We live in hard times and the odds seem against us. But it’s still possible to win dignity and respect for day laborers and all immigrant workers through the sheer power of organizing. Across the U.S., day laborer centers are under attack. But on Saturday, January 30, 2011, the City of Gretna, Louisiana, inaugurated a new day laborer center even in the midst of the racist and anti-immigrant sentiment of the region and the nation. The victory was a major reversal of power and a result of over six months of organizing. It was also a lesson that organized workers can inspire a city to act on principles of inclusion, opportunity, and access for all.
In early 2010, the City Council of Gretna proposed an an ordinance that would criminalize day laborers. The Congress of Day Laborers successfully won public opinion:
GRETNA SHOULD NOT BAN DAY LABORERS, editorial, May 19 2010
Six months later, the Congress of Day Laborers turned crisis into opportunity. Not only did we beat back the criminalization ordinance, we negotiated successfully with the Mayor of Gretna to open the first-ever day laborer area in the region, funded by the City, and supported by the police and City Council:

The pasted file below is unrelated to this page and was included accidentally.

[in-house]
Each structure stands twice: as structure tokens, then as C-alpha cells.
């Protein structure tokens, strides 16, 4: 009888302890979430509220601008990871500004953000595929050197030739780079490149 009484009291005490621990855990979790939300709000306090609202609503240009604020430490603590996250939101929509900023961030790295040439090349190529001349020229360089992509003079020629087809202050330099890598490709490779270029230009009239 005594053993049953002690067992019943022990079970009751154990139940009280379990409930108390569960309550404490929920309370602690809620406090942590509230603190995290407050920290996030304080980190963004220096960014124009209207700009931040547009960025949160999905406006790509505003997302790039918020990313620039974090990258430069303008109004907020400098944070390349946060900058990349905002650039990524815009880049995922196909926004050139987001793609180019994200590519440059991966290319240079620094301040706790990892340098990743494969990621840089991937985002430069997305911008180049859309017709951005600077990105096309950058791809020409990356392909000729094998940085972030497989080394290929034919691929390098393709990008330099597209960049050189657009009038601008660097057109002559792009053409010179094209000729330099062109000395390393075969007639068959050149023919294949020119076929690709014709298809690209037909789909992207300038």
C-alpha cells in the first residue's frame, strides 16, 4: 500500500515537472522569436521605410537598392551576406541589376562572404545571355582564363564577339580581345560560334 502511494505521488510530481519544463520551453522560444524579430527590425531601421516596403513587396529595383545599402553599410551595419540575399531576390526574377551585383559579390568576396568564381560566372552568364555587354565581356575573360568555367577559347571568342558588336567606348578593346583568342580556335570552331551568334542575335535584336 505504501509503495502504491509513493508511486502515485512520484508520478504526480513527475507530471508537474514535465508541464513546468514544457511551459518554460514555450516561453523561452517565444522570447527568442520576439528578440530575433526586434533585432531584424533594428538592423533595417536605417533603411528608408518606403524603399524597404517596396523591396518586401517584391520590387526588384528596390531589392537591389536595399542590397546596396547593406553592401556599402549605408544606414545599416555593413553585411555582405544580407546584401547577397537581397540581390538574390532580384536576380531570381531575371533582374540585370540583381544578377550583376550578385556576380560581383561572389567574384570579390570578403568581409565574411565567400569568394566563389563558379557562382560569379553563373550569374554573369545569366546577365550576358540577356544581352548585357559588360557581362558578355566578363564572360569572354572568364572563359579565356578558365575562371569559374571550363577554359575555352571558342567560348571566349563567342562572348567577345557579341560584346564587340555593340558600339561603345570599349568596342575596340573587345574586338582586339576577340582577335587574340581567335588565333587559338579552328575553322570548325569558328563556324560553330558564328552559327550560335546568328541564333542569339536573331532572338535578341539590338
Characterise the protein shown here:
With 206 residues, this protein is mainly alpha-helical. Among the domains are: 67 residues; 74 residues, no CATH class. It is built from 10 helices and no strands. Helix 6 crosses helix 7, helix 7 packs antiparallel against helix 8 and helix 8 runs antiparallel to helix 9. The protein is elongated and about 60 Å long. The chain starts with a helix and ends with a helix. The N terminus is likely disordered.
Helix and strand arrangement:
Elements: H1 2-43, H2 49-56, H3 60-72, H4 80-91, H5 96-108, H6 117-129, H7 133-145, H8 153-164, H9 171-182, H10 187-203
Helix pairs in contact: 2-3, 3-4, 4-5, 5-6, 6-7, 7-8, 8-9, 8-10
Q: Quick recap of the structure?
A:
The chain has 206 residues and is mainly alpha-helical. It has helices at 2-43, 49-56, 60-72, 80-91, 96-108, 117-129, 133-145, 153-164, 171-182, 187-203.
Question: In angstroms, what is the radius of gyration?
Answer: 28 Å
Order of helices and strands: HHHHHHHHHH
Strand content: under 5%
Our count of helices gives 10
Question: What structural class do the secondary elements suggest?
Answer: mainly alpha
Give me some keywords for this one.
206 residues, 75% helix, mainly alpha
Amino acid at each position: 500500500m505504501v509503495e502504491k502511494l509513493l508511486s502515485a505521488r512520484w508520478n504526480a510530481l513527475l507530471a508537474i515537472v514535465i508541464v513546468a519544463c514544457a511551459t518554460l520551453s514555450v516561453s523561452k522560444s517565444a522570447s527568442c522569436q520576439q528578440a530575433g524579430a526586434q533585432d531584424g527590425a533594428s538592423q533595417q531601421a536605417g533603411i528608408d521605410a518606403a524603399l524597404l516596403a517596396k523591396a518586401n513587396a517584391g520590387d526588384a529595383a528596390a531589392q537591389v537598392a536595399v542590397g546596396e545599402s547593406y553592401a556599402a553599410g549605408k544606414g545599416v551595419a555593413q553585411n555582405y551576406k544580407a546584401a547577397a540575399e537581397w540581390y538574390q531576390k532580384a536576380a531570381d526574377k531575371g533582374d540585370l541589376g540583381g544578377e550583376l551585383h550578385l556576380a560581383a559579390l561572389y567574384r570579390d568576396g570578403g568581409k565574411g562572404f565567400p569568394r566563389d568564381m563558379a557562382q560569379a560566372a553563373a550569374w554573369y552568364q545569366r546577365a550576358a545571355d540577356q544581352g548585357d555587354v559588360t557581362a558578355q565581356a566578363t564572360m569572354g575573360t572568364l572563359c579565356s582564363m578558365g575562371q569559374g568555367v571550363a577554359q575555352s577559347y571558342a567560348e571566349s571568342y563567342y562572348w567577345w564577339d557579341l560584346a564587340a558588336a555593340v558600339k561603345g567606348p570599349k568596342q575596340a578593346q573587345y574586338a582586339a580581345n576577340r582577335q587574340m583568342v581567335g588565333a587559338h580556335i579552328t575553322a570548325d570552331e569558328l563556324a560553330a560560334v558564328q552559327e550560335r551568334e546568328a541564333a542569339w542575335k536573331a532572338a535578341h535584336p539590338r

GRETNA DAY WORKERS FIND SAFETY IN DESIGNATED AREA, January 30, 2011
A SAFE SPACE FOR DAY LABORERS (pictures)
In the current political climate, this represents a ray of hope. The day laborer center will be a gathering space and a space to organize. But also represents a broad consensus we were able to organize in Gretna around the idea that strong economies can be based on inclusion, not exclusion — and that public safety means everyone’s safety, including the safety of day laborers. The Mayor of Gretna stood up at the inauguration publicly committed to the Congress of Day Laborers that the center was the beginning of a dialogue, not the end — and he committed to working on police abuse issues and wage theft. The mayor vowed to make Gretna a “model community” in partnership with day laborers.
Thank you to all those who supported this effort!